The Jeep Wrangler is one of the most recognizable vehicles known for off-roading, making its performance a highly contested topic.
Its presence spans well into its 4th generation, with its use seen in extreme sports, driving to work, and even along the beach.
With such expansive use, it begs the question, how many miles can it last?
The Simple Answer
While the exact number of miles varies based on various factors, a well-maintained Jeep Wrangler can last up to 400,000 miles.
Older models will typically last up to 200,000 miles before you begin to experience any significant problems.
Overall, a Jeep Wrangler is designed to offer performance well over the 15-year mark, contrary to the 5-year mark when most vehicles start to develop problems.
The 20-year mark is also attainable, with the trick to this being sticking to a regular maintenance program.
Maintenance Tips for Increased Longevity
Some maintenance tips that will help you get the most out of your Jeep Wrangler include:
Changing Your Oil and Tires
The first tip to help you achieve longevity is changing your oil every 6 months, which translates to roughly every 5,000 miles.
While doing this, ensure that you also change your filter every time you change the oil, most preferably after every 20,000 miles.
Make it a point to rotate your tires at least once a year or have them rebalanced every 6,000-8,000 miles.
This helps even with wear and tear, keeping it in top shape for off-road adventures.
Keep Track of Electrical Malfunctioning
Due to exposure to mud and water during off-road adventures, you will likely spot signs of electrical problems before other issues emerge.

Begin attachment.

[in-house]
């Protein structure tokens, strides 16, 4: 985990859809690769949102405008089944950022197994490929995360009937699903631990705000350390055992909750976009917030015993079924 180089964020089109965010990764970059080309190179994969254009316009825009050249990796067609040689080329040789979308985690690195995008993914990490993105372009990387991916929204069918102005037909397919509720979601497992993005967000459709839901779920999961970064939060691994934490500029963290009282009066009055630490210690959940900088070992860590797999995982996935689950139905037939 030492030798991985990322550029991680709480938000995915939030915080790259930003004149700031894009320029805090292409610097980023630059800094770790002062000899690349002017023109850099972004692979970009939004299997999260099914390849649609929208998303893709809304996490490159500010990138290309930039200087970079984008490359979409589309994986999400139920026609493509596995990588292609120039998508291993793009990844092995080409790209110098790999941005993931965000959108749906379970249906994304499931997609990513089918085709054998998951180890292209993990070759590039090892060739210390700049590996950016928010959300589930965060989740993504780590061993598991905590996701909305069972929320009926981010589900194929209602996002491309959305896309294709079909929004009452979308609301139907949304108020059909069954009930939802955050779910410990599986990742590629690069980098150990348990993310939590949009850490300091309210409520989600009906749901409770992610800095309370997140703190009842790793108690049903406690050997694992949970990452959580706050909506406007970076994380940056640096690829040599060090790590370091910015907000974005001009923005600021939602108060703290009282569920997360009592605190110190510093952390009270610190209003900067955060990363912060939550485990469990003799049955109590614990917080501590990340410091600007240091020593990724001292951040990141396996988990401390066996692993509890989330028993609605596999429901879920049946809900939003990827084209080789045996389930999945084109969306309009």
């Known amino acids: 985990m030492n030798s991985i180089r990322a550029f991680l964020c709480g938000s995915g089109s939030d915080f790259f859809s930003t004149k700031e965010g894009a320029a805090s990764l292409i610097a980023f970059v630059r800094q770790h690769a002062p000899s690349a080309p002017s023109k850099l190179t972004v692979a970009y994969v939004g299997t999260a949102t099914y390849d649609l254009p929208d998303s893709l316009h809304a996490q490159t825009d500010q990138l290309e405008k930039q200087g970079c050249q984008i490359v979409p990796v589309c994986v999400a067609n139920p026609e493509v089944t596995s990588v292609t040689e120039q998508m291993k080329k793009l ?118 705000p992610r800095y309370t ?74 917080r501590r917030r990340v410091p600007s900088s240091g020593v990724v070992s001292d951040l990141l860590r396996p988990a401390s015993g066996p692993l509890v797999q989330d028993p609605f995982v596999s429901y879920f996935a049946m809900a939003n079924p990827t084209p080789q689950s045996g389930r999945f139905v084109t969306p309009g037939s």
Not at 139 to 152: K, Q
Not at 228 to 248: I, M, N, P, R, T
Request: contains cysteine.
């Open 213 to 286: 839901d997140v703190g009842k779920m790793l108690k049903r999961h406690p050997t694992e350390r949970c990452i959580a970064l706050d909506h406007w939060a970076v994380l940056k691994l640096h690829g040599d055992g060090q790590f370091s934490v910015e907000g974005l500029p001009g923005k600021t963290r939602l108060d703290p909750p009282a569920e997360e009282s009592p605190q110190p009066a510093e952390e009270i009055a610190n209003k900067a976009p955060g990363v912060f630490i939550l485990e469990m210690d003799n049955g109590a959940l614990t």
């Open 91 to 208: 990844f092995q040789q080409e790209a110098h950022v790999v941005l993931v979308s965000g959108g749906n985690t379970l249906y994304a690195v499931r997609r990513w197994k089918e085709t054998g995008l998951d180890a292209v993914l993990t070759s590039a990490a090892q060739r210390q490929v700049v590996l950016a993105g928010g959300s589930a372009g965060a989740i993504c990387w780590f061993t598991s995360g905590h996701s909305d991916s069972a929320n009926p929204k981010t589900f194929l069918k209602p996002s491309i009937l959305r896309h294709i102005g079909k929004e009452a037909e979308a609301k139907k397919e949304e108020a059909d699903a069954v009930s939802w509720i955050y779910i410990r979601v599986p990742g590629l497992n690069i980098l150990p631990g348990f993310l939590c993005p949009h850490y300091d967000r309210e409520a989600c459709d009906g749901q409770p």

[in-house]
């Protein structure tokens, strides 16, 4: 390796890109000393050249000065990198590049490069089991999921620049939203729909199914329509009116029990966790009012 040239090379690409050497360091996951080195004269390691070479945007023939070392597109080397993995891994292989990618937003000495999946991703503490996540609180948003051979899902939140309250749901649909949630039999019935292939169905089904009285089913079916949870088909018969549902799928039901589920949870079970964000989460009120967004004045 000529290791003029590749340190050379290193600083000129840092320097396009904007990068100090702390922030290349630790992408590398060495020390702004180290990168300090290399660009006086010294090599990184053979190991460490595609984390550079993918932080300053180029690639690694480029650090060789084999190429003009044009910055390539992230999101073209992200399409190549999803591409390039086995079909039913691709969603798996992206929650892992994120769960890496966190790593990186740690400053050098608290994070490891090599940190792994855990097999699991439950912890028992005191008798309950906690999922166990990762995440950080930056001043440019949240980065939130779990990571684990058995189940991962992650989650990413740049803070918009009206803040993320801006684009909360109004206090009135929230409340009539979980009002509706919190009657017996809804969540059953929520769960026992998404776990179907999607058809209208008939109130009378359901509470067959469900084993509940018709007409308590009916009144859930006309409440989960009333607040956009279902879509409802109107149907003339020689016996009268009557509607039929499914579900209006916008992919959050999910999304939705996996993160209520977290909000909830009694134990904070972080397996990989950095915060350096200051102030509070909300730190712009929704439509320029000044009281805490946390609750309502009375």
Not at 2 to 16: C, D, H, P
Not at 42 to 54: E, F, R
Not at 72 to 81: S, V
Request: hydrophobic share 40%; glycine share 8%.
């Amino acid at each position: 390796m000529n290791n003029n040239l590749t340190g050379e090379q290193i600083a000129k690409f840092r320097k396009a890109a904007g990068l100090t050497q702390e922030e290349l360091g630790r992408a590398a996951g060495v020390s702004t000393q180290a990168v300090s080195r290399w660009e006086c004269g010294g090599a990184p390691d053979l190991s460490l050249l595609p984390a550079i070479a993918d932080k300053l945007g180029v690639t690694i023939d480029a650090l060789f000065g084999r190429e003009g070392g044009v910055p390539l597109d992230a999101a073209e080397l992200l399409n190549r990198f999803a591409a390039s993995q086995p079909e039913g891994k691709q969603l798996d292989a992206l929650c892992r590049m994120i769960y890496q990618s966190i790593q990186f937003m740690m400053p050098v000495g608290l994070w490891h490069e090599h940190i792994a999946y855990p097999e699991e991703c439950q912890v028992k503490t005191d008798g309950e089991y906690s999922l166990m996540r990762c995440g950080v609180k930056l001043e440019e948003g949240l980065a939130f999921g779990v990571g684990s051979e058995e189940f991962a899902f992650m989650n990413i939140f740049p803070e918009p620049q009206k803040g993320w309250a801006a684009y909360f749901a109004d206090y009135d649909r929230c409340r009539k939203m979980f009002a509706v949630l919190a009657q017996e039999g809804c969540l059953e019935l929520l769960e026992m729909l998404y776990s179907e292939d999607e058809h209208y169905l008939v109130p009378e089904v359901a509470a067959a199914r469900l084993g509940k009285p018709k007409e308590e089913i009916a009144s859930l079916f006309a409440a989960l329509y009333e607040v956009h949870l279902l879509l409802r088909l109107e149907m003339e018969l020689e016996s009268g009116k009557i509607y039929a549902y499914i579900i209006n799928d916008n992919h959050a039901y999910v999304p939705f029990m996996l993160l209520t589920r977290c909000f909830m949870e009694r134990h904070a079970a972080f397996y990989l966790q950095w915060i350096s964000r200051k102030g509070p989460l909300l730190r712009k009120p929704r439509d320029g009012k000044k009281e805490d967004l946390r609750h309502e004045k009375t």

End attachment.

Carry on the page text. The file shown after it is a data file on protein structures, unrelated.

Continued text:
Some examples of electrical problems include malfunctioning lights and gauges, hard starting, and A/C performance issues.
Other signs of damage that warrant maintenance include a leaky radiator, transfer case leaks, and rear main seal leaks.
Wax Your Jeep Wrangler
Waxing will also be an essential part of your maintenance due to frequent contact with elements such as rocks and snow that occasionally expose your exterior to rust and corrosion.
Waxing acts as a form of rust and corrosion prevention, helping you save on costly maintenance costs during vehicle upgrades.
The undercarriage will significantly benefit from waxing, given its constant exposure to outdoor elements that could damage it.
Inspect Your Battery
Your battery will also benefit from inspection every 4-5 years.
Since batteries rarely show signs of damage until too late, this is another area to include in your maintenance checklist.
Your mechanic can help you clean the battery terminals while also securing the cables to the battery.
If you spot any loose terminals, ensure that you tighten them to prevent damage while on the road.
Check Your Engine
For your vehicle to maintain its performance, the engine will also need to be maintained as every part serves a crucial role in keeping your Jeep Wrangler on the road, where any breakdown could compromise your vehicle’s functionality.
Components such as the hose, driving belt, and engine timing belt will need to be replaced every 50,000-80,000 miles.
In addition to this, remember to use the proper engine oil to help your Wrangler run smoothly.
The wrong oil could lead to long-term failure, resulting in increased engine replacement costs.
An engine with friction-reducing additives will be an ideal option as this will help you achieve fuel efficiency, cutting your costs significantly.
Seek Professional Help
While self-servicing will help you keep track of any changes and problems along the way, a professional such as a mechanic will help you diagnose issues that may be outside of your expertise.
This will especially come in handy if your Jeep Wrangler’s manufacturing year dates back to the 2000s.
The serpentine belt serves as an example that could use an expert’s help, with the wrong replacement likely to leave you with a faulty air pump and alternator.
Be on the Lookout for Wear and Tear
As with every vehicle, the Jeep Wrangler will also experience wear and tear, requiring regular inspection.
Some areas to be on the lookout for include:
The Suspension System